She used to stand over the grave of legendary 19th-century American composer and pianist Louis Moreau Gottschalk. Directing an invisible symphony with a harp at her feet, the angelic marble figure rose above the surrounding headstones in Brooklyn’s historic Green-Wood Cemetery.
That was until it mysteriously disappeared 50 years ago.
Nearly 700 miles west, in a revamped garage behind his Granger home, Tuck Langland has been creating a new angel he hopes will stand atop the Gottschalk grave. “I’m making a few changes to her,” said Langland. “I have her wings spread, instead of hanging on her back like limp laundry, and she’s coming down on one toe. She’s descending. She’s coming down and touching the earth.”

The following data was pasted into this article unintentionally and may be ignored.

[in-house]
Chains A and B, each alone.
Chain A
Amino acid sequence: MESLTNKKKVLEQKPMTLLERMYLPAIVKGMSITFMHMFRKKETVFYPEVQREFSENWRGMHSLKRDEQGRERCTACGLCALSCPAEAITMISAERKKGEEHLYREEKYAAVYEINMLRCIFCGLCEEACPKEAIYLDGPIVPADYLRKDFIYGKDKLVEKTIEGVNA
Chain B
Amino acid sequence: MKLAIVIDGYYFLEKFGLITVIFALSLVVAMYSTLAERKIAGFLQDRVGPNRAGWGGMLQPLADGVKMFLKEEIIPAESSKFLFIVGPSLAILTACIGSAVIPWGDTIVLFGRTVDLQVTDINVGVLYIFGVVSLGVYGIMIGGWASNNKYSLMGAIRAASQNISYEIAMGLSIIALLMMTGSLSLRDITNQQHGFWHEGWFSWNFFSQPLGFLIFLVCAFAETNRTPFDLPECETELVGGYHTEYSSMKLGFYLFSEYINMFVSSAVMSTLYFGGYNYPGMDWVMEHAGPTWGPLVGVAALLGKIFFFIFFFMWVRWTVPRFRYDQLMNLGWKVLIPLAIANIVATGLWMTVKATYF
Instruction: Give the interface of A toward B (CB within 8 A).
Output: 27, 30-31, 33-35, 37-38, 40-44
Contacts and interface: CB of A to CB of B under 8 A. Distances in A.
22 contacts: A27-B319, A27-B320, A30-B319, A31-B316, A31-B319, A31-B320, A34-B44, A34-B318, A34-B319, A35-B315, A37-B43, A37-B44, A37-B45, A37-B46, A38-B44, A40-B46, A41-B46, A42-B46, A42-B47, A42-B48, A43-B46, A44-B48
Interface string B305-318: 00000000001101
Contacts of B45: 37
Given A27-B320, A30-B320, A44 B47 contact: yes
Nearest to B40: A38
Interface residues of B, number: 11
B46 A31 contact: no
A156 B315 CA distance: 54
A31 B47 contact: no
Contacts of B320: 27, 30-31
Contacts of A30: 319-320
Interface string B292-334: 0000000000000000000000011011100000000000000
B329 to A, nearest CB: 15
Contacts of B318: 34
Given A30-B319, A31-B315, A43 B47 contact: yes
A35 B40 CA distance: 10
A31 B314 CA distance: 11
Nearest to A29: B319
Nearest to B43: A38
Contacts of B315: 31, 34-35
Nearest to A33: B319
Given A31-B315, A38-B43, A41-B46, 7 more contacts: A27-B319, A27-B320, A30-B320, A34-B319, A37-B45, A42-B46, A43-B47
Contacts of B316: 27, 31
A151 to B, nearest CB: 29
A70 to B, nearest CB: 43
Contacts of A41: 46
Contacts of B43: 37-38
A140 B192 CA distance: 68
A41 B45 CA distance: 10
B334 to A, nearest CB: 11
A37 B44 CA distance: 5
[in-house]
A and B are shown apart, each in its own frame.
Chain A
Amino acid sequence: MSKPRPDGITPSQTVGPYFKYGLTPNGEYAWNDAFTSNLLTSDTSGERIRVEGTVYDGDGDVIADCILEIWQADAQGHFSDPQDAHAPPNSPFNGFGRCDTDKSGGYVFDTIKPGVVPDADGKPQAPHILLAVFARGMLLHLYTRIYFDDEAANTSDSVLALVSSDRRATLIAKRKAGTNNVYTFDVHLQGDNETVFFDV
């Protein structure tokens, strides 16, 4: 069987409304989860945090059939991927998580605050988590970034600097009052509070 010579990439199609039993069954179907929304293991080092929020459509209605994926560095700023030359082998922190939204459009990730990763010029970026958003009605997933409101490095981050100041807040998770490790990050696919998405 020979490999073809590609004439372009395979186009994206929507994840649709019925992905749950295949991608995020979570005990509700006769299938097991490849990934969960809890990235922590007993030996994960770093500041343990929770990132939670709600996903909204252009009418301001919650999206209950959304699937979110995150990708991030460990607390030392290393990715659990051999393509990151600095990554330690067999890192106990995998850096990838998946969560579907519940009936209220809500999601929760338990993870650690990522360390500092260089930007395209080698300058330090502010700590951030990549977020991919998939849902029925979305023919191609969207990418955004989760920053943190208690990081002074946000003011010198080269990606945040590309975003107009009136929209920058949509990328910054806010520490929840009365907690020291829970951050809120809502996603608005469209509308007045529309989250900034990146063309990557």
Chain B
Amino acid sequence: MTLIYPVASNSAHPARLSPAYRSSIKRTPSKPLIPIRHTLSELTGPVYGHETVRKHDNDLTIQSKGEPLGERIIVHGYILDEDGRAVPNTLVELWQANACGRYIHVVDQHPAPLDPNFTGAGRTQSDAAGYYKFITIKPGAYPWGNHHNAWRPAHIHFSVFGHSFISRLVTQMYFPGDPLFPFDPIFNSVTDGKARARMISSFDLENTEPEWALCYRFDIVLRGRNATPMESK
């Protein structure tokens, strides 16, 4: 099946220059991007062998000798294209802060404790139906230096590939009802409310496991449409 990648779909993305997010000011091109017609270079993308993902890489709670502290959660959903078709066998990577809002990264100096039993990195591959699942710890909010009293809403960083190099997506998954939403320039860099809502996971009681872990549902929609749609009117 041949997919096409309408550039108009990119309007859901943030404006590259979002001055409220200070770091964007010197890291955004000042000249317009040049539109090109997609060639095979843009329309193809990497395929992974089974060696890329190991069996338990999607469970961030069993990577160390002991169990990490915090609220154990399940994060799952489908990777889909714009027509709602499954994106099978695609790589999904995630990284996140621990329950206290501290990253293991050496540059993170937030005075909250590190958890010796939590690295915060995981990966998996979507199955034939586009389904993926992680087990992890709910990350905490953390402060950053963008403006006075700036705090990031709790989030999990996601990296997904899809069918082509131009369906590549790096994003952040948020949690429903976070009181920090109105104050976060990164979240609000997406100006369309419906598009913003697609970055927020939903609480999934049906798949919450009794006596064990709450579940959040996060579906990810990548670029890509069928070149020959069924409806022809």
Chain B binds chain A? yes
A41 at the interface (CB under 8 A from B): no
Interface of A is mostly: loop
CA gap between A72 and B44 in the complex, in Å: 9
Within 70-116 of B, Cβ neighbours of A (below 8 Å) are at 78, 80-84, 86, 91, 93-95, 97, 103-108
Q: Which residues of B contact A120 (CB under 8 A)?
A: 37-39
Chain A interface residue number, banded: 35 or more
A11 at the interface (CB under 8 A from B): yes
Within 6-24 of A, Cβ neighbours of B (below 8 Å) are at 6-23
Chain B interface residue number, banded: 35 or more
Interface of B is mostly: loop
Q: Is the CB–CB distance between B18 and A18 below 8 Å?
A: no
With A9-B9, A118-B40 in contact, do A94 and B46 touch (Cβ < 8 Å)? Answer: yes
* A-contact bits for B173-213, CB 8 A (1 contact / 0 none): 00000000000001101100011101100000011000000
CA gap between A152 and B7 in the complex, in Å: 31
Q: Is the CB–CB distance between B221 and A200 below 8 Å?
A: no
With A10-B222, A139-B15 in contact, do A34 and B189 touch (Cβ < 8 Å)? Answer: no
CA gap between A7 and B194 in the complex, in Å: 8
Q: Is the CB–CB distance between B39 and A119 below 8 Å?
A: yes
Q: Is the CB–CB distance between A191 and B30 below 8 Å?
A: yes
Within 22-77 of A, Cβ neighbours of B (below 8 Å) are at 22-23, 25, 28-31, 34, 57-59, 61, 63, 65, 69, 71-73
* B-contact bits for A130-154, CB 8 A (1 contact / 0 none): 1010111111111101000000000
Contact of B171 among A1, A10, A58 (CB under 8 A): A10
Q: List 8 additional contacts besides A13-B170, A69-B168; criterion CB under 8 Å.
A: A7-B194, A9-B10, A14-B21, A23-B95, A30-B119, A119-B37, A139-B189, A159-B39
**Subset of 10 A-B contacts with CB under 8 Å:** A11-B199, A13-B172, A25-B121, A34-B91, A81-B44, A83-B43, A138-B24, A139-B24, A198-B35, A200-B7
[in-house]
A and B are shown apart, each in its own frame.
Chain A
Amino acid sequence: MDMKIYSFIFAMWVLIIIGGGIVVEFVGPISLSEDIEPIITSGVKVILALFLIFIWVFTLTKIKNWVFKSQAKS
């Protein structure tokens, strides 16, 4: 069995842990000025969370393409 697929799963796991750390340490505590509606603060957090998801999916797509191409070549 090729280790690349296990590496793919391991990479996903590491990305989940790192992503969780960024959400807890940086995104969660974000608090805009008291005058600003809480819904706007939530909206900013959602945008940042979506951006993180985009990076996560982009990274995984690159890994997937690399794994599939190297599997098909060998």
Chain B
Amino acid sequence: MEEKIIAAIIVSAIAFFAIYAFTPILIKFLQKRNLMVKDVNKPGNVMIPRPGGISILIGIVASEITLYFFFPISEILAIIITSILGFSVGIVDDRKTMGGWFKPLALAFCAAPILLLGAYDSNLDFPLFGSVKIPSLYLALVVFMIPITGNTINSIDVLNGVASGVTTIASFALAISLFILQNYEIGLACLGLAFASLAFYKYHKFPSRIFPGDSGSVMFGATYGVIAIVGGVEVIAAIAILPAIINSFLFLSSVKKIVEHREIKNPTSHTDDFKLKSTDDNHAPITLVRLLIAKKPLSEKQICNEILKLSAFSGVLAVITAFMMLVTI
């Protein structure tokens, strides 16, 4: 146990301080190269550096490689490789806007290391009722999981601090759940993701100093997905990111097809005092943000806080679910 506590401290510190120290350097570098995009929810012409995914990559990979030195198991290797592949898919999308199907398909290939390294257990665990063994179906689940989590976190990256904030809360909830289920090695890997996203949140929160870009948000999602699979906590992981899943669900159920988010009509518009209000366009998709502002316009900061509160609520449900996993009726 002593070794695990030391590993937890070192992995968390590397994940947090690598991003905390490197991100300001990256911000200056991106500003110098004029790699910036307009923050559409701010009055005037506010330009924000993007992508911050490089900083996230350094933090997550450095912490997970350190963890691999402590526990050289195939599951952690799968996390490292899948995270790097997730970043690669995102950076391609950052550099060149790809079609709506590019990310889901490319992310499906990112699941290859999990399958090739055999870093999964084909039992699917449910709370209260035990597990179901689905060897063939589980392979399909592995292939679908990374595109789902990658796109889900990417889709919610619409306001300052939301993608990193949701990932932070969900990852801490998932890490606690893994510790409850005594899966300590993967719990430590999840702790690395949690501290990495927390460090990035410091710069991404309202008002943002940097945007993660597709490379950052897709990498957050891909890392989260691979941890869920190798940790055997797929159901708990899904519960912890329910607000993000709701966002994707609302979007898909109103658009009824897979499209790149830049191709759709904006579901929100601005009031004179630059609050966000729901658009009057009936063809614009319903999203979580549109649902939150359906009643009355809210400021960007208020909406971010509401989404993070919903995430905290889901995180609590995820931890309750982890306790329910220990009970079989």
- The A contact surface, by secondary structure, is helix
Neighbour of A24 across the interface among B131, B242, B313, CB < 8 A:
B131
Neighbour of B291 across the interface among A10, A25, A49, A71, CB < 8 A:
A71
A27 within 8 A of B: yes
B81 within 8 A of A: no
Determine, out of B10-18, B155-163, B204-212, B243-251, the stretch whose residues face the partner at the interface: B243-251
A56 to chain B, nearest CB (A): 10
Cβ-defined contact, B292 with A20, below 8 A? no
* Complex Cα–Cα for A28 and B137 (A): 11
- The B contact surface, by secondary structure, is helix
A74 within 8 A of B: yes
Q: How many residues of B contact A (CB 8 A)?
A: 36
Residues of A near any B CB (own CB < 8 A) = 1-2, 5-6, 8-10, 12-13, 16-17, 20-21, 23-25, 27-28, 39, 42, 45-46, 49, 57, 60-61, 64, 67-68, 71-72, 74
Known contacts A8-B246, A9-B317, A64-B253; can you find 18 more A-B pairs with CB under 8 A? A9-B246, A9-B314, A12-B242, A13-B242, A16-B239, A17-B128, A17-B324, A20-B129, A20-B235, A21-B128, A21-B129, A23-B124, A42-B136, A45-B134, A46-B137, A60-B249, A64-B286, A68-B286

The retired Indiana University South Bend professor has already molded a one-quarter sized model of the “Angel of Music, which he hopes to cast in bronze.
Plans to raise another angel over Gottschalk’s grave came from the Green-Wood Historic Fund’s Saved in Time project. Four finalists from a talented nationwide pool were selected three months ago. A selection committee will announce who recieves the commission in October.
If Langland is selected the Gottschalk sculpture will be just one of many commissioned to the well-known artist. Langland has created many well-known centerpieces across the country and his work is featured in collections across the globe.
“This is the golden age of sculpture,” he said. “We’re making more public sculptures in the last 10 years than have ever been created.”